Tuesday, November 18, 2014

Help Qualifying for Medicaid Long Term Care

Diversity of Medicaid Planning Assistance Options Can Confound Applicants

For those seeking long term care assistance from Medicaid, determining eligibility is challenging and the application process is daunting. Couple this with the fact the person completing the application paperwork is very often doing so on behalf of a loved one for whom they are concurrently providing care. This combination of challenges can make the process of obtaining Medicaid assistance almost insurmountable.

Fortunately, Medicaid planning assistance is available. Unfortunately, there is such a diversity of individuals and professionals who refer to themselves as Medicaid Planners that one more challenge exists for caregivers: determine which form of Medicaid planning assistance is right for your situation. Some planners provide services free of charge and others are fee-based. Some are public employees; others are employed by for-profit organizations. Some will refuse to provide assistance if the applicant's income or assets are too high and others will refuse if they're too low. To say it is confounding is an understatement.

It is not an exaggeration to say one needs assistance to determine the type of Medicaid planning assistance one needs. Here we provide that assistance—to direct persons seeking Medicaid planning assistance to the appropriate resource for their needs.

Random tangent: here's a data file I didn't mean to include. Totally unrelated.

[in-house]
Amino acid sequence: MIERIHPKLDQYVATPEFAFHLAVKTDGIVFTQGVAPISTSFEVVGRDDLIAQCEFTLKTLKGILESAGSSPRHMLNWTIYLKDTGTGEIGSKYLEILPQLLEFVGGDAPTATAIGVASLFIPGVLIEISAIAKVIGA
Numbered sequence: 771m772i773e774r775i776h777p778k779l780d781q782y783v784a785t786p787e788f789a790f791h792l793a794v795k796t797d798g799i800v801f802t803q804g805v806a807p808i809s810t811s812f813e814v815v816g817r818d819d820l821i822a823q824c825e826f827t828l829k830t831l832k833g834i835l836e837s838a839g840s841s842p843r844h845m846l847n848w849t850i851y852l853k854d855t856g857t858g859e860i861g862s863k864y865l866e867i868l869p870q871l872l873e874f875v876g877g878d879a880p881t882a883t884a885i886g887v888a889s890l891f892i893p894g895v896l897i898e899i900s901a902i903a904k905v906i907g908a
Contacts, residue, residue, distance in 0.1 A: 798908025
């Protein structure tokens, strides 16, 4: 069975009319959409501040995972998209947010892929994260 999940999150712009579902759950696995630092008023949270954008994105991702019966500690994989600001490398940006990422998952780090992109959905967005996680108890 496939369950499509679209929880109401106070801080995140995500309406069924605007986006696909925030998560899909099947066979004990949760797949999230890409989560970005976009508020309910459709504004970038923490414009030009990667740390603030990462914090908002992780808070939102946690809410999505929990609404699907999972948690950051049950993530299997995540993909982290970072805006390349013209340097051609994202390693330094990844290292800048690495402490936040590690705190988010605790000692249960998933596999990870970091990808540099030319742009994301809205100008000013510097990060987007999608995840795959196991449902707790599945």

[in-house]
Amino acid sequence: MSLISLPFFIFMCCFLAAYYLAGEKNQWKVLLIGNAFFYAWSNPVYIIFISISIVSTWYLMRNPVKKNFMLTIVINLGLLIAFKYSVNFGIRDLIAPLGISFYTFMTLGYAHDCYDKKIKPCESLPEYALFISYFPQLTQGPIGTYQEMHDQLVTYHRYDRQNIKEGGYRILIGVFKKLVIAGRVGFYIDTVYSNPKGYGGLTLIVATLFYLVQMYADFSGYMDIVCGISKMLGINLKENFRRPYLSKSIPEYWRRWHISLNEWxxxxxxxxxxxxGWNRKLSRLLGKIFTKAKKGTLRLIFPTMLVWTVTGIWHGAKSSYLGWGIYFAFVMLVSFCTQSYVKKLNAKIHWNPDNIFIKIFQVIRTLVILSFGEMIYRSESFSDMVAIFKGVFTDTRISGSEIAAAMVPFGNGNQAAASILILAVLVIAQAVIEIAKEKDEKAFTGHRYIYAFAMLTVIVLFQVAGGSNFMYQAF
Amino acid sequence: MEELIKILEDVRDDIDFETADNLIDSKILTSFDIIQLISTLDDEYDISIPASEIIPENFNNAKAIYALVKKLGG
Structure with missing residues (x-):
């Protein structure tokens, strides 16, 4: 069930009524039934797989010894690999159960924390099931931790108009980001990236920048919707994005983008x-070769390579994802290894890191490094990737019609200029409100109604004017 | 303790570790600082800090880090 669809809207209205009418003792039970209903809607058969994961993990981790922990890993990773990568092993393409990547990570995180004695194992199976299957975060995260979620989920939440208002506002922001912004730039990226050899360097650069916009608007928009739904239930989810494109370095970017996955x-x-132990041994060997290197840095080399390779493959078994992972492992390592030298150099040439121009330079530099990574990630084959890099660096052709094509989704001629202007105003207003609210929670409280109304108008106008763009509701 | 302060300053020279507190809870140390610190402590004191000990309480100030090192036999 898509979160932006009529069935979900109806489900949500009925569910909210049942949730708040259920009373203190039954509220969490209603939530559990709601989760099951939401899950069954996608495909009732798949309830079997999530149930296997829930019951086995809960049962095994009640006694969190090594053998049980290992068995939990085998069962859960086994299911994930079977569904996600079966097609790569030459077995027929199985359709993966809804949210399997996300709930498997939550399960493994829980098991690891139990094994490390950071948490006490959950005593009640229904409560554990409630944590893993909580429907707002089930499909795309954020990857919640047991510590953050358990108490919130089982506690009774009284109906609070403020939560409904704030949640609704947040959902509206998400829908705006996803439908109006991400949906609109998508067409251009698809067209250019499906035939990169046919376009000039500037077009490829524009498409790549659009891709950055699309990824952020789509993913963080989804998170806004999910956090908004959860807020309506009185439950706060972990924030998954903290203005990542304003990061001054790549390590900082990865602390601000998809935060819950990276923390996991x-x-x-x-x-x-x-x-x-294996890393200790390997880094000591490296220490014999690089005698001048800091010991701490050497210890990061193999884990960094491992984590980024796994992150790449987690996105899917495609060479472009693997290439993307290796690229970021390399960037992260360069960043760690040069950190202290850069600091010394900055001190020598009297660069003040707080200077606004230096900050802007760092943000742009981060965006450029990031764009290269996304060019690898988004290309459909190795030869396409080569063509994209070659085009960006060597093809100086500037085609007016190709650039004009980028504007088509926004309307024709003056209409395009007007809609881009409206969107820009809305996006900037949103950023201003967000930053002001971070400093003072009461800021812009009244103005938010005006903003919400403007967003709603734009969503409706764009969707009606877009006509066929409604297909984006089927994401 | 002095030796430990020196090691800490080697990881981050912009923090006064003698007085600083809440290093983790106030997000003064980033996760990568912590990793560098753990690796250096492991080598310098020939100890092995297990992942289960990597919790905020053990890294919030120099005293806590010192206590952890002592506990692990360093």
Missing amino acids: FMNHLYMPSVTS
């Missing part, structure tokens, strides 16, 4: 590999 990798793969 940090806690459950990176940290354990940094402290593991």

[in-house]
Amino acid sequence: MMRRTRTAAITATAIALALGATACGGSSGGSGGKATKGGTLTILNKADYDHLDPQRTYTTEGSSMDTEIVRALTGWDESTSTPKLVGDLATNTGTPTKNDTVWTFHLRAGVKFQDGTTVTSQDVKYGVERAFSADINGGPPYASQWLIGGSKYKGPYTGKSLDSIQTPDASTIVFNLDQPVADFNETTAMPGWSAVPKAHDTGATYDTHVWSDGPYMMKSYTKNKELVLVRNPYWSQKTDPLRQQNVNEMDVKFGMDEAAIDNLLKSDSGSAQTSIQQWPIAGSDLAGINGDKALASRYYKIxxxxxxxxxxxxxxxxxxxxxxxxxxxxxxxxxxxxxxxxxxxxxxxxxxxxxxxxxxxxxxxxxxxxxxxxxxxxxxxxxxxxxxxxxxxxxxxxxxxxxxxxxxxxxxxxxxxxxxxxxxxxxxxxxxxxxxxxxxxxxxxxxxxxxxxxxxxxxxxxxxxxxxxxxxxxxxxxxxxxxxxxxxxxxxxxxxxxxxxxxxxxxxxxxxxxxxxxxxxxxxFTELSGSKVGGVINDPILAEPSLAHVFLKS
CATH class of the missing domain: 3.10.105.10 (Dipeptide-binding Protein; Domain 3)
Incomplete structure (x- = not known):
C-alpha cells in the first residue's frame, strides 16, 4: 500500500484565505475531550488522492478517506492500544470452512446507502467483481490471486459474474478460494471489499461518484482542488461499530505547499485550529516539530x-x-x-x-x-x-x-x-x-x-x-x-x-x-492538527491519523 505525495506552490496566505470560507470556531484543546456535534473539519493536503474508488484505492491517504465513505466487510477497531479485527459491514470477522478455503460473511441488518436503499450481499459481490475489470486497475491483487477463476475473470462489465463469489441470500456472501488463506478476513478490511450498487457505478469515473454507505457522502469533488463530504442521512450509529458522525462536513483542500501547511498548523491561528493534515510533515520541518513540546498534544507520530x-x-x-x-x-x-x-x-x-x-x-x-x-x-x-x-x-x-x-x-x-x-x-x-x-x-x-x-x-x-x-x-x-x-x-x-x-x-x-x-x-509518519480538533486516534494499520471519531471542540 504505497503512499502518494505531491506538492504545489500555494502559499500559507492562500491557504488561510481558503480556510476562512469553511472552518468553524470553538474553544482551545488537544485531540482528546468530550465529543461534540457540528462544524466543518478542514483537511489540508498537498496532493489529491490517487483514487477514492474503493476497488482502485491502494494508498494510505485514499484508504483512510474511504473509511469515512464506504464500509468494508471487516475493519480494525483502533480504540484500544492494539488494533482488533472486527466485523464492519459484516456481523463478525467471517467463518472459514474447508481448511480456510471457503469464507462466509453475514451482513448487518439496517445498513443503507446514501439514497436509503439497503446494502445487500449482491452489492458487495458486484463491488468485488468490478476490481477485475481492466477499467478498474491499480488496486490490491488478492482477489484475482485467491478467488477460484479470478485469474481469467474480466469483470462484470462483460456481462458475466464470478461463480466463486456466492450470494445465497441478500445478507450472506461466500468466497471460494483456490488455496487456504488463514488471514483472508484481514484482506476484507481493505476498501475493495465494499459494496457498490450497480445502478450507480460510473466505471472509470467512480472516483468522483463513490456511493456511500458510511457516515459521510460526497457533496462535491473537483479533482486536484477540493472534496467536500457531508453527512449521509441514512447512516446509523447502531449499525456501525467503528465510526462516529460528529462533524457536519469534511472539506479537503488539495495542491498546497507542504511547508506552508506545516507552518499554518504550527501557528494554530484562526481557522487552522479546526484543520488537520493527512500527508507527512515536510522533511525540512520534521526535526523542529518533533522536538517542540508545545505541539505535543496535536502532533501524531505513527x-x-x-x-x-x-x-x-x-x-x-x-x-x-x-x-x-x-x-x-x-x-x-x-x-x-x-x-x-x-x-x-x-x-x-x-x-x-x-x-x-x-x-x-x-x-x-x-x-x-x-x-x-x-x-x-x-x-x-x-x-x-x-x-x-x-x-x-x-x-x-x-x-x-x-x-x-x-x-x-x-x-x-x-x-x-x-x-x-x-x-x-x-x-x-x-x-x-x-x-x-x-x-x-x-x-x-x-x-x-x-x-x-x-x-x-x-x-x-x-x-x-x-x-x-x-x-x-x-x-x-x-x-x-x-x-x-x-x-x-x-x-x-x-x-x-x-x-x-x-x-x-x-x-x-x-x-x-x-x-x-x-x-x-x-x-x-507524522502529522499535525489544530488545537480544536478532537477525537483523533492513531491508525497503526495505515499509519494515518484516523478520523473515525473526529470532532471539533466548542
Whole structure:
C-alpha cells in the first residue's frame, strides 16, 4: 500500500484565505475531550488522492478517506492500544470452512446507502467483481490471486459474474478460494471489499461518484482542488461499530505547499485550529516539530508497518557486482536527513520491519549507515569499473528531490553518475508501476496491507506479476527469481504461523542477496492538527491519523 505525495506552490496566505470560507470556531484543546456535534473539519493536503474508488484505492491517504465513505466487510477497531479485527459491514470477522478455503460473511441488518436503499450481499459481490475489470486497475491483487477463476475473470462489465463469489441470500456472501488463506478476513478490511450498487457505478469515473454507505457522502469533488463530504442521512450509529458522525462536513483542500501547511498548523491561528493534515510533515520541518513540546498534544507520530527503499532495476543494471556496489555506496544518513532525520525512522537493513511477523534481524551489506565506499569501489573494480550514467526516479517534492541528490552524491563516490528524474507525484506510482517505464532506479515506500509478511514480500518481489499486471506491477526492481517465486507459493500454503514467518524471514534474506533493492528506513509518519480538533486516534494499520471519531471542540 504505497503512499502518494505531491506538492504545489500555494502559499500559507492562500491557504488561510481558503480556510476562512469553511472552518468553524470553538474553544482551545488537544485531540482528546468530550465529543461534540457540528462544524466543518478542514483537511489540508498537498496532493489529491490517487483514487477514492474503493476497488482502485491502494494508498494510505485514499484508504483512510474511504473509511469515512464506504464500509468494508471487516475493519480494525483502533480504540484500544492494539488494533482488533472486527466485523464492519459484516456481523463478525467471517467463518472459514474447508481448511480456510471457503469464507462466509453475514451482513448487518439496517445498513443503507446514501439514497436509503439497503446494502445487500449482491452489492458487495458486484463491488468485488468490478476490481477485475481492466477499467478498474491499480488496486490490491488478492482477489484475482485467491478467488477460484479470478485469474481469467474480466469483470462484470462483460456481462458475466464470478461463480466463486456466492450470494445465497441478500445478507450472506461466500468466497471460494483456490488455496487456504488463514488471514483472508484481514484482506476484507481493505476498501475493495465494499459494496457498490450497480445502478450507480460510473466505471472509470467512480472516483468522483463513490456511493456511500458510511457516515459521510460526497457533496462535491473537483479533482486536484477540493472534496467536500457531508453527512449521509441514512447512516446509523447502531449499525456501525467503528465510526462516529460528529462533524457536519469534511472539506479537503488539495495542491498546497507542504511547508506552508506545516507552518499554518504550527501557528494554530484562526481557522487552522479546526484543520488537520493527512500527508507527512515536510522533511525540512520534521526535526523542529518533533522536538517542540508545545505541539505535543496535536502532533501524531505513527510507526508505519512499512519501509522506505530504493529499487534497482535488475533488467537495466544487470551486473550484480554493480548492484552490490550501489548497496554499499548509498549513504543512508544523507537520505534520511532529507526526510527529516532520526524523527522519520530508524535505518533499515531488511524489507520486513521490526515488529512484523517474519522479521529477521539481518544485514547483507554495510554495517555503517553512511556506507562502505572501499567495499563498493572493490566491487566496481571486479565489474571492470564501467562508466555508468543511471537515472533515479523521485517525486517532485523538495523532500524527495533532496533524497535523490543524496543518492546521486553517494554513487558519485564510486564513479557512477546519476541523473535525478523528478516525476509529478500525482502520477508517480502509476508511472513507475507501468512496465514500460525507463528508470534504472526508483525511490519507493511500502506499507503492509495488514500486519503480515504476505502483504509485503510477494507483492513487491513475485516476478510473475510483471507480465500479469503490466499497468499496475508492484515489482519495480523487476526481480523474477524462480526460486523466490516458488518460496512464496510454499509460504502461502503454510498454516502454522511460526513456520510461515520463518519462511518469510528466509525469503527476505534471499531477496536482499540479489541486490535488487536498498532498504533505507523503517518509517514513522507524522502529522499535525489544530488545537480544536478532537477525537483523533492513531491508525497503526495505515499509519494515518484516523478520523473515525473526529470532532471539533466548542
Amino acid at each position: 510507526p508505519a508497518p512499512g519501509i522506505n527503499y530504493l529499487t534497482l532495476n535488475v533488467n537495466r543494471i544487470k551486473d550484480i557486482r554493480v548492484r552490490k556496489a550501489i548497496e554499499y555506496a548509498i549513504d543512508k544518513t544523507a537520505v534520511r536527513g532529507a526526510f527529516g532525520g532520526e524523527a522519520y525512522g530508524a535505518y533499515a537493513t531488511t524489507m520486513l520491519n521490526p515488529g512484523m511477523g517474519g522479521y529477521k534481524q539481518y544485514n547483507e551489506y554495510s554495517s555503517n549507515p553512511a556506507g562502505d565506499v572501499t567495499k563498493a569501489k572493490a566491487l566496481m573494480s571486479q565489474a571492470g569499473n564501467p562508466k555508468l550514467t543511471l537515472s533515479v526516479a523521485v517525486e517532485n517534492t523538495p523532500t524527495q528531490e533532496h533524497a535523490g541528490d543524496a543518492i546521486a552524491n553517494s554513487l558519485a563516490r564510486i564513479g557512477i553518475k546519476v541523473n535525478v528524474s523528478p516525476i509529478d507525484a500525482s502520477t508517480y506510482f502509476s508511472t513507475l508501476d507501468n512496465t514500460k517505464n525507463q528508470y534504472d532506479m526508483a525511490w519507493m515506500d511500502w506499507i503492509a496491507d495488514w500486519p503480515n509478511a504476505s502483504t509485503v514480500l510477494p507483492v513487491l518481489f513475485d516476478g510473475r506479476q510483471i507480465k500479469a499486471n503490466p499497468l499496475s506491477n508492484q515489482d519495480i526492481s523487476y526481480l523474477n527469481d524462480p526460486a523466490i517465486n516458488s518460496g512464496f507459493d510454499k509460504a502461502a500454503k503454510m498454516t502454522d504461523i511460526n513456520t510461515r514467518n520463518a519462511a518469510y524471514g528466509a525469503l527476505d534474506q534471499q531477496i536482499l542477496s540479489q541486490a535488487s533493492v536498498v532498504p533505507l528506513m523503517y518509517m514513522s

Getting Started

Photo by Nathan Pfau

Our organization has identified seven different categories of professionals who provide assistance helping families with the Medicaid application process. Start by considering which one of these groups best describes your financial situation:


Group 1

  1. Applicant's monthly income is less than $2,000 or $3,000 if married.
  2. Applicant's total financial assets, not including their home, are valued at less than $2,000

Group 2

  1. Applicant's monthly income is between $2,000 - $3,500. If married, joint income is greater than $3,000 but less than approximately $4,500.
  2. Applicant's total financial assets, not including their home, are valued between $2,000 and $50,000. If married, combined assets are valued at less than approximately $115,000.

Group 3

  1. Applicant's monthly income is greater than $3,500 or, if married, joint income is greater than $4,500.
  2. Applicant's total financial assets, not including their home, are valued at more than $50,000 or if married, combined assets are valued at less than $115,000.

Group 1

Applicants in Group 1, very likely, already meet their state's financial eligibility requirements for Medicaid long term care services. This means they will require no assistance qualifying or simply administrative assistance managing the Medicaid application paperwork. There are multiple sources from which they might gain help at no cost.

  • Area Agencies on Aging - there are a network of over 500 local area agencies on aging throughout the country. These agencies employ Case Managers / Benefits Counselors who help applicants to understand the Medicaid application process, gather the necessary documents and fill out the paperwork. Typically, each agency has responsibility for multiple counties.
  • County Medicaid Offices - Each county has an office responsible for managing Medicaid. Administrators may be available to help with the Medicaid application or they may refer you to the local area agency on aging.
  • SHIPs Counselors - These are volunteers who provide free counseling, usually over the phone, on Medicare and Medicaid benefits. They are perhaps better used to answer specific questions one might encounter while filling out the application, rather than guiding you through a Medicaid application process step by step.


Group 2